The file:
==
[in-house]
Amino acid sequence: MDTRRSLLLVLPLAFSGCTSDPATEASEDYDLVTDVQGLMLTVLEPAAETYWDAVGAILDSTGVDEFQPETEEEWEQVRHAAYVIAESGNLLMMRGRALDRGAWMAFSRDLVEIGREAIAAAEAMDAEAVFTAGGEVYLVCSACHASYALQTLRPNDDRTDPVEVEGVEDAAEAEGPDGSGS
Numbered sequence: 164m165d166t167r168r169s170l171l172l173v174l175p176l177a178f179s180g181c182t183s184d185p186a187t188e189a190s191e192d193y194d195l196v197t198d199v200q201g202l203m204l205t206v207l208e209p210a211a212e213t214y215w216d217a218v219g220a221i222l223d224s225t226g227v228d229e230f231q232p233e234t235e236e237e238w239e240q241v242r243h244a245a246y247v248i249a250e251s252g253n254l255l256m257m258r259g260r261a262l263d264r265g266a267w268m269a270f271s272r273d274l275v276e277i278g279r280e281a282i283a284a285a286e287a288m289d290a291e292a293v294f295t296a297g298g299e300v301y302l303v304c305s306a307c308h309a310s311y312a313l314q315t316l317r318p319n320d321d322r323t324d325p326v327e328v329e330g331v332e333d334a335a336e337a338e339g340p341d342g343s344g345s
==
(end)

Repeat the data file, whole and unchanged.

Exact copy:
[in-house]
Amino acid sequence: MDTRRSLLLVLPLAFSGCTSDPATEASEDYDLVTDVQGLMLTVLEPAAETYWDAVGAILDSTGVDEFQPETEEEWEQVRHAAYVIAESGNLLMMRGRALDRGAWMAFSRDLVEIGREAIAAAEAMDAEAVFTAGGEVYLVCSACHASYALQTLRPNDDRTDPVEVEGVEDAAEAEGPDGSGS
Numbered sequence: 164m165d166t167r168r169s170l171l172l173v174l175p176l177a178f179s180g181c182t183s184d185p186a187t188e189a190s191e192d193y194d195l196v197t198d199v200q201g202l203m204l205t206v207l208e209p210a211a212e213t214y215w216d217a218v219g220a221i222l223d224s225t226g227v228d229e230f231q232p233e234t235e236e237e238w239e240q241v242r243h244a245a246y247v248i249a250e251s252g253n254l255l256m257m258r259g260r261a262l263d264r265g266a267w268m269a270f271s272r273d274l275v276e277i278g279r280e281a282i283a284a285a286e287a288m289d290a291e292a293v294f295t296a297g298g299e300v301y302l303v304c305s306a307c308h309a310s311y312a313l314q315t316l317r318p319n320d321d322r323t324d325p326v327e328v329e330g331v332e333d334a335a336e337a338e339g340p341d342g343s344g345s